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Lifewire / Jordan Provost
Excellent photo quality with high DPI
Fast printing speed
Initial installation can be a hassle
Does not come with a USB cable
Battery not included; costs nearly $100
Though getting on in years, the Canon Pixma iP110 remains a solid, budget-friendly wireless printer with exceptional photo-quality printing.
Technology is increasingly wireless, and printers are no exception. The Canon Pixma iP110 is now several years old, which means practically that it’s a cheaper but still effective option for wireless printing. The optional, bundled computer software is outdated and even a bit obnoxious, but the printer itself is compact and efficient, and offers exceptional photo printing.
While fully closed the Canon Pixma iP110 more closely resembles a gigantic exterior hard drive than a printer, measuring just over a foot long and weighing 4.3 lbs. It’s too bulky to comfortably carry around, but still small enough to be considered portable, whether in a suitcase for work or to a friend’s house. The all-black, buttonless exterior features rubber feet on the bottom and two ports on either side, one for the 16v power cord, and the other for a USB 2.0 A to B cable (not included).
The tray cover is easily opened from the front, dropping the paper outlet slot as the tray is raised. The tray can be slightly extended to accommodate up to 14” legal paper, as well as more common 11” standard letter size, up to 50 pages. A simple sliding paper guide can be adjusted for width. The inside reveals the only three buttons on the Pixma: power, resume/cancel, and Wi-Fi, with different colored lights above each button to indicate status. It’s a simplistic design with minimal features befitting a budget wireless printer.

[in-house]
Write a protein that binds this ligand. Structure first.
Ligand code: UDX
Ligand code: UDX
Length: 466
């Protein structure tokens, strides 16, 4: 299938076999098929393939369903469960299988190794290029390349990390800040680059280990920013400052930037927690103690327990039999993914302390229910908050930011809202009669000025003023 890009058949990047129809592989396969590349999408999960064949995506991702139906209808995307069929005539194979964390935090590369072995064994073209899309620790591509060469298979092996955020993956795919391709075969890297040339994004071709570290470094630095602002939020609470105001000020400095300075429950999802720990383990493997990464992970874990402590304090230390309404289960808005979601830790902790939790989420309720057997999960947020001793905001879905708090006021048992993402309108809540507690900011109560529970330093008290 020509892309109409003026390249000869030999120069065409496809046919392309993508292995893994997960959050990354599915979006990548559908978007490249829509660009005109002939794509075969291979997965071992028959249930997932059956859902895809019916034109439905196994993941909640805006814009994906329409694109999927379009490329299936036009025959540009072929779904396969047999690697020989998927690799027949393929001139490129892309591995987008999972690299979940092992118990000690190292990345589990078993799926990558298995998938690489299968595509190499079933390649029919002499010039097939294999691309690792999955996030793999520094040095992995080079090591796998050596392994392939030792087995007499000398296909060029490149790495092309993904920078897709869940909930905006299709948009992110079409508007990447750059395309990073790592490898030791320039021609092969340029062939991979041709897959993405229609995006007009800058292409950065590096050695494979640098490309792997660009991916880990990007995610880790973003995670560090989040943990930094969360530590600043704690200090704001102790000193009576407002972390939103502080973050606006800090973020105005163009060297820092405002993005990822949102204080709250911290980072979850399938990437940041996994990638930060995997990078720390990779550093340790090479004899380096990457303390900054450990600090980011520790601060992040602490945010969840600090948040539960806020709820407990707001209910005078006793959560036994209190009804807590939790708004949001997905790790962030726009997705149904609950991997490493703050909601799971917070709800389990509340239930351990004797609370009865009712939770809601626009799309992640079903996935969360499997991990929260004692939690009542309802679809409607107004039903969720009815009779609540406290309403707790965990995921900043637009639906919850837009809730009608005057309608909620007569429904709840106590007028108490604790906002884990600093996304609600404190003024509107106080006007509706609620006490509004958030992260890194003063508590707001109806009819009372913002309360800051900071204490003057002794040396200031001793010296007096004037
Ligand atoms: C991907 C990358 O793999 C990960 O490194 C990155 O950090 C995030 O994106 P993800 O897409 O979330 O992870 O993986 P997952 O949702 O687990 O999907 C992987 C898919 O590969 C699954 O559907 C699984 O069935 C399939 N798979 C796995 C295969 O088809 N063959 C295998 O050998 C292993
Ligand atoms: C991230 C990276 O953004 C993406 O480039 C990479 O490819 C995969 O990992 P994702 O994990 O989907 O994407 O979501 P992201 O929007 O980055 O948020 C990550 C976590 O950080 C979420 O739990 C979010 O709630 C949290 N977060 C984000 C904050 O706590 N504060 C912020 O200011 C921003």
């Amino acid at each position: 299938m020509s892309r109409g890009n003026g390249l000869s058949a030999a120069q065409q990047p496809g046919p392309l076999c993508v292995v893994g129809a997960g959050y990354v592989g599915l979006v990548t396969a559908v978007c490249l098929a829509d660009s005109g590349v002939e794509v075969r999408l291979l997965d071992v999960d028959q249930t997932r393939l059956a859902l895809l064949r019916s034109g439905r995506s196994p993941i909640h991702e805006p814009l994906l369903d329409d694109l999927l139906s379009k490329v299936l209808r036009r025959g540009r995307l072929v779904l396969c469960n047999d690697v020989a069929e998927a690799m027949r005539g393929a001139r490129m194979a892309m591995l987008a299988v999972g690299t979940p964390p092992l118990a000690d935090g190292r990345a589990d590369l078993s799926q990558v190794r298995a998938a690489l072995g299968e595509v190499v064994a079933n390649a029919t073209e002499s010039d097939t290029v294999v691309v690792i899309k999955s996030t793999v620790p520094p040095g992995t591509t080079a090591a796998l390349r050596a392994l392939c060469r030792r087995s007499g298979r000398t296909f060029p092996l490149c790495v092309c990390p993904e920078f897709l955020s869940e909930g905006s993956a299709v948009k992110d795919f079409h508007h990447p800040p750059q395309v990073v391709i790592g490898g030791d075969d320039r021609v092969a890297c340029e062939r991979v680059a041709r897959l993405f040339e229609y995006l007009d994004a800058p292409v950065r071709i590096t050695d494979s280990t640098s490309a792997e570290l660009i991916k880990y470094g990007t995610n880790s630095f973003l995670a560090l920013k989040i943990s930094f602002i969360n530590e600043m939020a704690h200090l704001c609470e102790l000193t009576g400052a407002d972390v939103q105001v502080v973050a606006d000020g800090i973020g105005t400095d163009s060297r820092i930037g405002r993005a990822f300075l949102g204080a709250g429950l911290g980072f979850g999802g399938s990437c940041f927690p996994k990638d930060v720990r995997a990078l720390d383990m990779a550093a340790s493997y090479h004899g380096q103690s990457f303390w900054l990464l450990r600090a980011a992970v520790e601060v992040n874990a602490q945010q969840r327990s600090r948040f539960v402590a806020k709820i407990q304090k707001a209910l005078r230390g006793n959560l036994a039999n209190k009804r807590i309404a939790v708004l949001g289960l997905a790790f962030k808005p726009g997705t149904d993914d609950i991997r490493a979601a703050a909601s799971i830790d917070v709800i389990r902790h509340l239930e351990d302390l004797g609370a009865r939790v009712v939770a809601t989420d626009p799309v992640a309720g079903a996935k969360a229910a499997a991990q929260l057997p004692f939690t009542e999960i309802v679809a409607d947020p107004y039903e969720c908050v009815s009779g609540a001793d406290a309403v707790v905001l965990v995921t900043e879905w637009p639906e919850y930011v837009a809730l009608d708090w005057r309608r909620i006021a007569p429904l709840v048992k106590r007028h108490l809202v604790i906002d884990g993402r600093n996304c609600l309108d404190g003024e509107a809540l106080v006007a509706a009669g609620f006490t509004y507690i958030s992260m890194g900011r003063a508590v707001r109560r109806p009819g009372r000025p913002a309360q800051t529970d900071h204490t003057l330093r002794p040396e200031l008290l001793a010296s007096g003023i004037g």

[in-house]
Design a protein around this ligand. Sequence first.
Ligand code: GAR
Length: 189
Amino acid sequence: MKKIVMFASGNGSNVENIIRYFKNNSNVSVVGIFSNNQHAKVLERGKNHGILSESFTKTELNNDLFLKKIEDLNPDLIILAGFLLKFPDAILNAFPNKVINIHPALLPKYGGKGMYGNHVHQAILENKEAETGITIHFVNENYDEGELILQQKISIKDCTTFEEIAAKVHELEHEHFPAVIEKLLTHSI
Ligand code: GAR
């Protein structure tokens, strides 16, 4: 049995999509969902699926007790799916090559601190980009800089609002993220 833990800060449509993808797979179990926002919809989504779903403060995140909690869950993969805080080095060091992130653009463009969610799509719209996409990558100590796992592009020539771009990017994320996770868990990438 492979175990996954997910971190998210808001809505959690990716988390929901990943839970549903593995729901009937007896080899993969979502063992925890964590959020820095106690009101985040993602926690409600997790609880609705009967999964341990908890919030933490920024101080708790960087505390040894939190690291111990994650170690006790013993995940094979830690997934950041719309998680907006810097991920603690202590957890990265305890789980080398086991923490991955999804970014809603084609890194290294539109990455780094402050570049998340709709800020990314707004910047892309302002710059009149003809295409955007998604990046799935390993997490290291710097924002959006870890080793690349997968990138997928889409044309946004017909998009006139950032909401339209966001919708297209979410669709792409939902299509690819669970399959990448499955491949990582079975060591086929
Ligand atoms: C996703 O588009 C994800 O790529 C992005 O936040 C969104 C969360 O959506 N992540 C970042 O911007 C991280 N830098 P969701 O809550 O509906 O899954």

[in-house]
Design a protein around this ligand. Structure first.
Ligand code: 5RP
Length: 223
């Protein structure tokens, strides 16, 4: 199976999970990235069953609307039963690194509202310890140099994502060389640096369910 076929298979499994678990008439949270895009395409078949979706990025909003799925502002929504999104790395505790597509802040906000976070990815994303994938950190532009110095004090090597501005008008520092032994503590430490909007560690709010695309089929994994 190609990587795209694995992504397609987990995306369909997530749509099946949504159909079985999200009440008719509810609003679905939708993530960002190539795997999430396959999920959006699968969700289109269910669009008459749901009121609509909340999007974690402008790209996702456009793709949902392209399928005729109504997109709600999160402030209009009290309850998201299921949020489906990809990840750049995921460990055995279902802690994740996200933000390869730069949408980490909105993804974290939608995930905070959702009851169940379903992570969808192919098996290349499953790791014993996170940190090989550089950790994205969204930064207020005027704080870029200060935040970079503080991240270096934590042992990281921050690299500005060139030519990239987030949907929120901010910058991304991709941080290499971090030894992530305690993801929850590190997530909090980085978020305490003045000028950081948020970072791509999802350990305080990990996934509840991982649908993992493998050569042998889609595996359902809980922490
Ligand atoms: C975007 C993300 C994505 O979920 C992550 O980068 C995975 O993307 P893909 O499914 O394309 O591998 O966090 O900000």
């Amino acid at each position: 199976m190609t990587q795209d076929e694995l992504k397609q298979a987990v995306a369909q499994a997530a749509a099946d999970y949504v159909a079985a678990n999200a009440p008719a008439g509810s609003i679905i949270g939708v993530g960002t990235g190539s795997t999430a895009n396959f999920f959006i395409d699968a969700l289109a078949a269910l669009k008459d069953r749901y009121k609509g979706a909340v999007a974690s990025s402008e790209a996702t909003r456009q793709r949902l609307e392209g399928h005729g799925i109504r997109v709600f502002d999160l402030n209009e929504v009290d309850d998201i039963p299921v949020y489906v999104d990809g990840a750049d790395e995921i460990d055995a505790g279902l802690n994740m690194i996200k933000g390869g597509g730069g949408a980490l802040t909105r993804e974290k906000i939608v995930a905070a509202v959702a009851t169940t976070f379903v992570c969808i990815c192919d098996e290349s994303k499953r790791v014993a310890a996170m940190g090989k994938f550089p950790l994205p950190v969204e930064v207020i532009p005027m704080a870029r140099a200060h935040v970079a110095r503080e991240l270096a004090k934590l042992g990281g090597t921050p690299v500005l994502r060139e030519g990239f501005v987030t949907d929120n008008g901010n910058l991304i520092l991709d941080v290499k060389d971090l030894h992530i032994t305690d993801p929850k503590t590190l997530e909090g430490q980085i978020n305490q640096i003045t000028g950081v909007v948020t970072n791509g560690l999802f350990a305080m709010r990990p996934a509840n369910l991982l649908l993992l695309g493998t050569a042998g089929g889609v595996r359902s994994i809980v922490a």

The only physical setup the Pixma requires is plugging in the power cable, and installing the ink cartridges. With the printer tray open, the print head cover can be opened, which automatically moves the ink to the middle, giving easy access to the cartridges. Installing ink cartridges is as easy as slotting them in, back first, and gently pushing on the front of the cartridge, which is clearly labeled ‘push.’ Removing them is almost as easy, with a push-button for release. Both color and black ink cartridge slots feature warning lights that blink if low ink is detected.
A purely wireless printer can be tricky to set up, and the Pixma does not include a USB cable. The box does include a CD with the install files, or they can be downloaded from the official Canon website. Installation via a Windows 10 PC proved challenging and frustrating, resulting in error messages when we tried to connect the printer via the standard cable-less setup with our standard home Wi-Fi network.
Provided you’re not looking for an all-in-one printer, the Canon Pixma iP110 offers fantastic bang for your buck.
We were only able to connect the printer with the alternate WPS method, which proved far simpler and more effective, but also requires a router with a WPS button. Connecting via WPS is a similar process involving the Wi-Fi button, and our PC was able to instantly make the connection and complete the install. After that initial installation, we never had any further issues with connectivity or printing, and were able to instantly print over Wi-Fi from our PC and mobile devices, using a downloaded Canon Print app.
We found the Getting Started documentation, which is little more than a series of pictures, to be wholly lacking for troubleshooting, and the digital-only manual suggested turning the printer and computer off and on, which is almost insulting.